Read more about Risks and Outcomes
In most women, it will begin within 2-5 weeks after conception, and peak around 8-10 weeks. The nausea/vomiting will generally ease after 14 weeks and may mostly resolve by 20 weeks. However, about 10-20% of these women will find nausea and vomiting last until delivery, though it is usually less severe. If a woman had HG in previous pregnancies, it will often follow a similar pattern of duration and severity, but may worsen each time or, rarely, skip a pregnancy.
Due to the risk of stating a medication is safe for use during pregnancy, few if any drug manufacturers will say their drugs are intended for use during pregnancy or for a pregnancy condition such as HG. However, due to the misery and complications women with HG face, physicians will often treat it with medications deemed safe due to their history of being used for pregnancy nausea and vomiting (e.g. Compazine, Phenergan, Unisom).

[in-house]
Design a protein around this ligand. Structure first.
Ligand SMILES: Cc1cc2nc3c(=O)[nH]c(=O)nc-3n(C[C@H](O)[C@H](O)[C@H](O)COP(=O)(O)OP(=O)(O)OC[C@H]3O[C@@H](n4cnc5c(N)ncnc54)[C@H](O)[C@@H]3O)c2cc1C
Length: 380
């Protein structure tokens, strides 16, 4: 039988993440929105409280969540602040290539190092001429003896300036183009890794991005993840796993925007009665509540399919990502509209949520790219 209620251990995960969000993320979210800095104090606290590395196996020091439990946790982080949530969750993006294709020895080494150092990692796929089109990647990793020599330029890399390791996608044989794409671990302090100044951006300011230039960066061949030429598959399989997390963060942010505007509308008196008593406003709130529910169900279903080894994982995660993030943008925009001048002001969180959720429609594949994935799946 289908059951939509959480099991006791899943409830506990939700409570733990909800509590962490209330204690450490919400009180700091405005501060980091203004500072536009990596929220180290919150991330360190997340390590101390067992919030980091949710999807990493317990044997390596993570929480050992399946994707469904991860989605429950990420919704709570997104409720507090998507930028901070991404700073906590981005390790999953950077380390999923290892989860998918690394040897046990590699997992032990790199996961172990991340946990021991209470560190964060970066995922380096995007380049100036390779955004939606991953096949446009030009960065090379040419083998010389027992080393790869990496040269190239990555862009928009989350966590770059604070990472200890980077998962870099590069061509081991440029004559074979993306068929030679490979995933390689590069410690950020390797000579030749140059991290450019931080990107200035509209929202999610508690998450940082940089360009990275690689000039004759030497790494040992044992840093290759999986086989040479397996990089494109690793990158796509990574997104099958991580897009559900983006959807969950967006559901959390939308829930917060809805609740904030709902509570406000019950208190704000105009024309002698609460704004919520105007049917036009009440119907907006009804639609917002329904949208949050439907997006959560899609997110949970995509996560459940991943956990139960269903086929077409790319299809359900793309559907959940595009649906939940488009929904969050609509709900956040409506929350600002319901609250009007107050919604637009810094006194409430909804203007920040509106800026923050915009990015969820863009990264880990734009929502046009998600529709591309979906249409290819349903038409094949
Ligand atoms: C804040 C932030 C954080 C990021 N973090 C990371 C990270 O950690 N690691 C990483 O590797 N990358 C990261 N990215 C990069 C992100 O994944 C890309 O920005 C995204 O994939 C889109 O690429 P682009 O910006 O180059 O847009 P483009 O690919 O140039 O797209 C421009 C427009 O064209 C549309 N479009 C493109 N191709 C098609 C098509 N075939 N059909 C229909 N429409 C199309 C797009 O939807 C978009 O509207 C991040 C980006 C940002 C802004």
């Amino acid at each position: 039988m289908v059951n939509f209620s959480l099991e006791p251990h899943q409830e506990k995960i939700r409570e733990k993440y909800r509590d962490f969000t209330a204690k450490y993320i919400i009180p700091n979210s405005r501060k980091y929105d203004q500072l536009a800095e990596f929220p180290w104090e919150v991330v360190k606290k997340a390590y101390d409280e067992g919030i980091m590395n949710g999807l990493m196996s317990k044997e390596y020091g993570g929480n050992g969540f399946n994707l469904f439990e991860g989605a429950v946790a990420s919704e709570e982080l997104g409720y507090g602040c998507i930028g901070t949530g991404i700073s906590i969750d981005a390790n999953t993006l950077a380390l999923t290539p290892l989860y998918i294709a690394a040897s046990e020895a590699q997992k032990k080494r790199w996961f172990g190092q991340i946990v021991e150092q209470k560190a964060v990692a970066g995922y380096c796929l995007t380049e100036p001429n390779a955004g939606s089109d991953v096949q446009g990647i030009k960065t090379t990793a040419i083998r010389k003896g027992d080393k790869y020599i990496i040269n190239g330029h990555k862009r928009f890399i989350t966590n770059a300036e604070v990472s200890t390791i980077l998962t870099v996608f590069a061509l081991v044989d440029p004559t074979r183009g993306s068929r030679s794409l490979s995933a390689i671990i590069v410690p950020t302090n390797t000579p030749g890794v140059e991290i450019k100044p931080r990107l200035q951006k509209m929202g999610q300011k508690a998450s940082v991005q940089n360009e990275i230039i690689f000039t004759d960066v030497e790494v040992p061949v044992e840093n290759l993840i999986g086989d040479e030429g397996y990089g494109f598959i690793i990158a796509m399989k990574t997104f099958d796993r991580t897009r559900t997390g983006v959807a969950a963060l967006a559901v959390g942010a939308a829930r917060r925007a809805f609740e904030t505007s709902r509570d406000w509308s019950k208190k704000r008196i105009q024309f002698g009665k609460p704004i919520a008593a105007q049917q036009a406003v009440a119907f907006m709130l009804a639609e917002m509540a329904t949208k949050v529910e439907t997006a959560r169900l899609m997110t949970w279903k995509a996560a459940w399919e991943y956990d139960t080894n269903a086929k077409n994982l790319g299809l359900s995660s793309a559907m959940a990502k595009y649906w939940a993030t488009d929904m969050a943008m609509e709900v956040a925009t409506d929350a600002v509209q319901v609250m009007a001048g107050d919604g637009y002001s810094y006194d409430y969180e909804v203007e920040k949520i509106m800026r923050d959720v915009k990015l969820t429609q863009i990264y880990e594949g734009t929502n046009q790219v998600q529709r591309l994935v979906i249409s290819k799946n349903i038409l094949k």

It is unfortunate that many health professionals will only consider the older medications, as they are often found to be less effective than newer medications (Zofran, Kytril, Reglan). This is especially true for those with moderate to severe HG. Newer medications are not necessarily unsafe, they just don't have as many studies to demonstrate their safety. The risk of treating a mother with drugs that are most effective is often less risky than not treating her or treating her with ineffective medications. Chronic dehydration and malnutrition worsen her symptoms and can adversely affect the baby.
Above all, know that effectively treating symptoms early in pregnancy can make a woman less sick and decrease the time it takes to recover. Delaying treatment until she has been vomiting for several weeks makes it harder to control the vomiting cycle. You have the right to adequate health care. Consult with another health professional and advocate for her if she is very sick and not improving. If she loses more than 10% of her pre-pregnancy weight and her doctor is unwilling to give her effective medications or other treatments such as IV fluids with IV vitamins, talk to a high-risk obstetrician or perinatologist.